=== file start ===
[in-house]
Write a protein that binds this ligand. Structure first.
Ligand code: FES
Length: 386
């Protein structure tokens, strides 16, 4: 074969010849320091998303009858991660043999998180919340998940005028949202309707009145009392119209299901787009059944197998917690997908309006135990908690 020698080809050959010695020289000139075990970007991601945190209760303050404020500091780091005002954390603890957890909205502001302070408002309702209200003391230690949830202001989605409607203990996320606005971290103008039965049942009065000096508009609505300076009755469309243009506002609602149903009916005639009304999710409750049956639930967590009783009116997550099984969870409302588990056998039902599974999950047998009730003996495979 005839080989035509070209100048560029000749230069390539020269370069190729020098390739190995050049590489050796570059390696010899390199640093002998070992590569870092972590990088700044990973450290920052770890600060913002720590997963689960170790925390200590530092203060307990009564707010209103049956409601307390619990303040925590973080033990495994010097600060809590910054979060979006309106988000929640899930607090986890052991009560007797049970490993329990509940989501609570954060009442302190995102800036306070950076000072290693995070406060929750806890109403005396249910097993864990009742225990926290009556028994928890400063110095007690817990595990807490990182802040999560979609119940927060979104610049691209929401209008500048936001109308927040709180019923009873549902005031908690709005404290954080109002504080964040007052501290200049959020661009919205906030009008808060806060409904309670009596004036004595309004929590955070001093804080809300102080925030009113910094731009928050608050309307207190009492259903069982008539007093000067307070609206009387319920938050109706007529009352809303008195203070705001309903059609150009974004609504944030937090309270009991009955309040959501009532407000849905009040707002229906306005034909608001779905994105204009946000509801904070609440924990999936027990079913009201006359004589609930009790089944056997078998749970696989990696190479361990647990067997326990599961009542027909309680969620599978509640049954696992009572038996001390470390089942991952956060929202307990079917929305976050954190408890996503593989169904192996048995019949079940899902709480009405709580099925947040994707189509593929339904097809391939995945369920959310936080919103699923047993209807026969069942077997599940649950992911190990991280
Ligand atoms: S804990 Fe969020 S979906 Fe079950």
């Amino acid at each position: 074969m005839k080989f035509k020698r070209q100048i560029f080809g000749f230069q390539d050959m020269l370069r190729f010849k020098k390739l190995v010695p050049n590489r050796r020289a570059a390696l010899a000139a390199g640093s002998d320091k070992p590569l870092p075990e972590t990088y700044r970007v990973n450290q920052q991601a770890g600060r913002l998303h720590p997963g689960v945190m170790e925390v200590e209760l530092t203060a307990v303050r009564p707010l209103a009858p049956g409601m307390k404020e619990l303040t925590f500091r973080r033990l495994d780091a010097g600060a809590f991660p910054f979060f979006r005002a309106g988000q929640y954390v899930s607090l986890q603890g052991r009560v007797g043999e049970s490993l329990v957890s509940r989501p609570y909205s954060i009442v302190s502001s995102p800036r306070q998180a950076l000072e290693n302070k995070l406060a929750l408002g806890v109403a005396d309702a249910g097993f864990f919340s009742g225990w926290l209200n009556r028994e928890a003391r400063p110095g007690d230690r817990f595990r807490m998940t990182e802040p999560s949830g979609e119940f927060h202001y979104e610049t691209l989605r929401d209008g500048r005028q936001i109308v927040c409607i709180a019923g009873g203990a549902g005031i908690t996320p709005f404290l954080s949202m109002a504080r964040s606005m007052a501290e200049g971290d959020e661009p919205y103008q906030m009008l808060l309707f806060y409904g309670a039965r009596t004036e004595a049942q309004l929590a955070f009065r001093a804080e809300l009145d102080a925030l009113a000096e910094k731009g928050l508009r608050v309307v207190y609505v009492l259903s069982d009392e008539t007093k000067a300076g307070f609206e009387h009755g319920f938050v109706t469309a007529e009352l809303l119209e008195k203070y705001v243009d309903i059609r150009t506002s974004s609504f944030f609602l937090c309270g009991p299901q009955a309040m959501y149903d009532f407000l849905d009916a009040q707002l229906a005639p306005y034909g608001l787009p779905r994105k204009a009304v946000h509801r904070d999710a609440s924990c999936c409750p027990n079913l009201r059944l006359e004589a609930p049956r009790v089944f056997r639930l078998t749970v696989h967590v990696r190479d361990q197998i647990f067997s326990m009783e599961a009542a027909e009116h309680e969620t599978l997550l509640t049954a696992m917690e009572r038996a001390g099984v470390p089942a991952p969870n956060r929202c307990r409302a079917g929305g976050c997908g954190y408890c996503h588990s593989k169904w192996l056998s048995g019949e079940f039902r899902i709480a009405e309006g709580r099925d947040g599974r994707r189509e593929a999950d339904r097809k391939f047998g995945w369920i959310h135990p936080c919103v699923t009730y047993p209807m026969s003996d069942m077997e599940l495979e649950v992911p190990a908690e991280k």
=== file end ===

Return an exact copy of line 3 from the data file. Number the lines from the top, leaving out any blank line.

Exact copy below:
Ligand code: FES